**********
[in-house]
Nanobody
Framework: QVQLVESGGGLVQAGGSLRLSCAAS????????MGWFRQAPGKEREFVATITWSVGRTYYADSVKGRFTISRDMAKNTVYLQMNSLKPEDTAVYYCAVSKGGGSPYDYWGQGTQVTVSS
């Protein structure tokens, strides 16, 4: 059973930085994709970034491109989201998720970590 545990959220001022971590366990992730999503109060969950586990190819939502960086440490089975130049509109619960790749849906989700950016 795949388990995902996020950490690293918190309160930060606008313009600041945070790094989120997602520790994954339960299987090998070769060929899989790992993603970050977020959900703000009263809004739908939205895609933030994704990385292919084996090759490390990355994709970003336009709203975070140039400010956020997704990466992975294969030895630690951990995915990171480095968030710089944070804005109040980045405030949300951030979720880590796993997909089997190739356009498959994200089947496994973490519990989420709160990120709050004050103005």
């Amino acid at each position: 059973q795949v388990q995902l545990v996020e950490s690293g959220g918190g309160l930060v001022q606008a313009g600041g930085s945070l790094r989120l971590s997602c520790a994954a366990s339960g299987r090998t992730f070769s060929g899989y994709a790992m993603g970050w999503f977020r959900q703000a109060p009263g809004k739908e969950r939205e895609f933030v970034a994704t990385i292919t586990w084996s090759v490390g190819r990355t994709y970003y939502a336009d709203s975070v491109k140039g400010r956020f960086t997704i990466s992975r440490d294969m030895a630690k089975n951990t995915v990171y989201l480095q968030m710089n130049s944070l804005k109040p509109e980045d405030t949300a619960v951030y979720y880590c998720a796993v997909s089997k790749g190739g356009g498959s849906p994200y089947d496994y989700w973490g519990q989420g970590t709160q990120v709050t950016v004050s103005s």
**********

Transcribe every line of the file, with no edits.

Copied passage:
[in-house]
Nanobody
Framework: QVQLVESGGGLVQAGGSLRLSCAAS????????MGWFRQAPGKEREFVATITWSVGRTYYADSVKGRFTISRDMAKNTVYLQMNSLKPEDTAVYYCAVSKGGGSPYDYWGQGTQVTVSS
């Protein structure tokens, strides 16, 4: 059973930085994709970034491109989201998720970590 545990959220001022971590366990992730999503109060969950586990190819939502960086440490089975130049509109619960790749849906989700950016 795949388990995902996020950490690293918190309160930060606008313009600041945070790094989120997602520790994954339960299987090998070769060929899989790992993603970050977020959900703000009263809004739908939205895609933030994704990385292919084996090759490390990355994709970003336009709203975070140039400010956020997704990466992975294969030895630690951990995915990171480095968030710089944070804005109040980045405030949300951030979720880590796993997909089997190739356009498959994200089947496994973490519990989420709160990120709050004050103005």
């Amino acid at each position: 059973q795949v388990q995902l545990v996020e950490s690293g959220g918190g309160l930060v001022q606008a313009g600041g930085s945070l790094r989120l971590s997602c520790a994954a366990s339960g299987r090998t992730f070769s060929g899989y994709a790992m993603g970050w999503f977020r959900q703000a109060p009263g809004k739908e969950r939205e895609f933030v970034a994704t990385i292919t586990w084996s090759v490390g190819r990355t994709y970003y939502a336009d709203s975070v491109k140039g400010r956020f960086t997704i990466s992975r440490d294969m030895a630690k089975n951990t995915v990171y989201l480095q968030m710089n130049s944070l804005k109040p509109e980045d405030t949300a619960v951030y979720y880590c998720a796993v997909s089997k790749g190739g356009g498959s849906p994200y089947d496994y989700w973490g519990q989420g970590t709160q990120v709050t950016v004050s103005s």